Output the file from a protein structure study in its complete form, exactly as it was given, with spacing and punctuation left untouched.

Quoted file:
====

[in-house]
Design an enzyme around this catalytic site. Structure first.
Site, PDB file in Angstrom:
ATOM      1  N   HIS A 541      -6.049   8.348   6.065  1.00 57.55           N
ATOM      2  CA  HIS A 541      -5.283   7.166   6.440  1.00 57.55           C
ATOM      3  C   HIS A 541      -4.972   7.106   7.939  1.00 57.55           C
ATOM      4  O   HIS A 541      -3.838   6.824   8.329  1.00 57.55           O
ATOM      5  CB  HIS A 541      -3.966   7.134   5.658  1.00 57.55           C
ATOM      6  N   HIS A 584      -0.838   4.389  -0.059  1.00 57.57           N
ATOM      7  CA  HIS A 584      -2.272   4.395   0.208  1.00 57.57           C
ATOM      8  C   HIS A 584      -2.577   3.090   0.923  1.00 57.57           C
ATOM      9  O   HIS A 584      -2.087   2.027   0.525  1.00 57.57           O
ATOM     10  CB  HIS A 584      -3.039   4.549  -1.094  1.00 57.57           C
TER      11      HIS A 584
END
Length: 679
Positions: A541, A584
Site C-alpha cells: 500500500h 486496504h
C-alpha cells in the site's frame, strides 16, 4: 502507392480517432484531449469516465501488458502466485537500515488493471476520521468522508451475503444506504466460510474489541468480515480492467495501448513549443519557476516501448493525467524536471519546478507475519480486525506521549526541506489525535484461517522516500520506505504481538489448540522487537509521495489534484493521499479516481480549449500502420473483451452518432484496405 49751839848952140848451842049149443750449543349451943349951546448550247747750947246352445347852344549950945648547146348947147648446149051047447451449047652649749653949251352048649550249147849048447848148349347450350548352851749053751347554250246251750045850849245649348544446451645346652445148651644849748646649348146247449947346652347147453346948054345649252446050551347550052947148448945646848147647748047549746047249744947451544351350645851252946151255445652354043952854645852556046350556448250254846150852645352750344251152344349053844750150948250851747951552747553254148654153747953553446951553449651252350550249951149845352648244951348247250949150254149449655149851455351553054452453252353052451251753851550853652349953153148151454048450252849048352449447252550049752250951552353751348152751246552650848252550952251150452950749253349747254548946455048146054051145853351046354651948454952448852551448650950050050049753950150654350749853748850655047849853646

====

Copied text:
[in-house]
Design an enzyme around this catalytic site. Structure first.
Site, PDB file in Angstrom:
ATOM      1  N   HIS A 541      -6.049   8.348   6.065  1.00 57.55           N
ATOM      2  CA  HIS A 541      -5.283   7.166   6.440  1.00 57.55           C
ATOM      3  C   HIS A 541      -4.972   7.106   7.939  1.00 57.55           C
ATOM      4  O   HIS A 541      -3.838   6.824   8.329  1.00 57.55           O
ATOM      5  CB  HIS A 541      -3.966   7.134   5.658  1.00 57.55           C
ATOM      6  N   HIS A 584      -0.838   4.389  -0.059  1.00 57.57           N
ATOM      7  CA  HIS A 584      -2.272   4.395   0.208  1.00 57.57           C
ATOM      8  C   HIS A 584      -2.577   3.090   0.923  1.00 57.57           C
ATOM      9  O   HIS A 584      -2.087   2.027   0.525  1.00 57.57           O
ATOM     10  CB  HIS A 584      -3.039   4.549  -1.094  1.00 57.57           C
TER      11      HIS A 584
END
Length: 679
Positions: A541, A584
Site C-alpha cells: 500500500h 486496504h
C-alpha cells in the site's frame, strides 16, 4: 502507392480517432484531449469516465501488458502466485537500515488493471476520521468522508451475503444506504466460510474489541468480515480492467495501448513549443519557476516501448493525467524536471519546478507475519480486525506521549526541506489525535484461517522516500520506505504481538489448540522487537509521495489534484493521499479516481480549449500502420473483451452518432484496405 49751839848952140848451842049149443750449543349451943349951546448550247747750947246352445347852344549950945648547146348947147648446149051047447451449047652649749653949251352048649550249147849048447848148349347450350548352851749053751347554250246251750045850849245649348544446451645346652445148651644849748646649348146247449947346652347147453346948054345649252446050551347550052947148448945646848147647748047549746047249744947451544351350645851252946151255445652354043952854645852556046350556448250254846150852645352750344251152344349053844750150948250851747951552747553254148654153747953553446951553449651252350550249951149845352648244951348247250949150254149449655149851455351553054452453252353052451251753851550853652349953153148151454048450252849048352449447252550049752250951552353751348152751246552650848252550952251150452950749253349747254548946455048146054051145853351046354651948454952448852551448650950050050049753950150654350749853748850655047849853646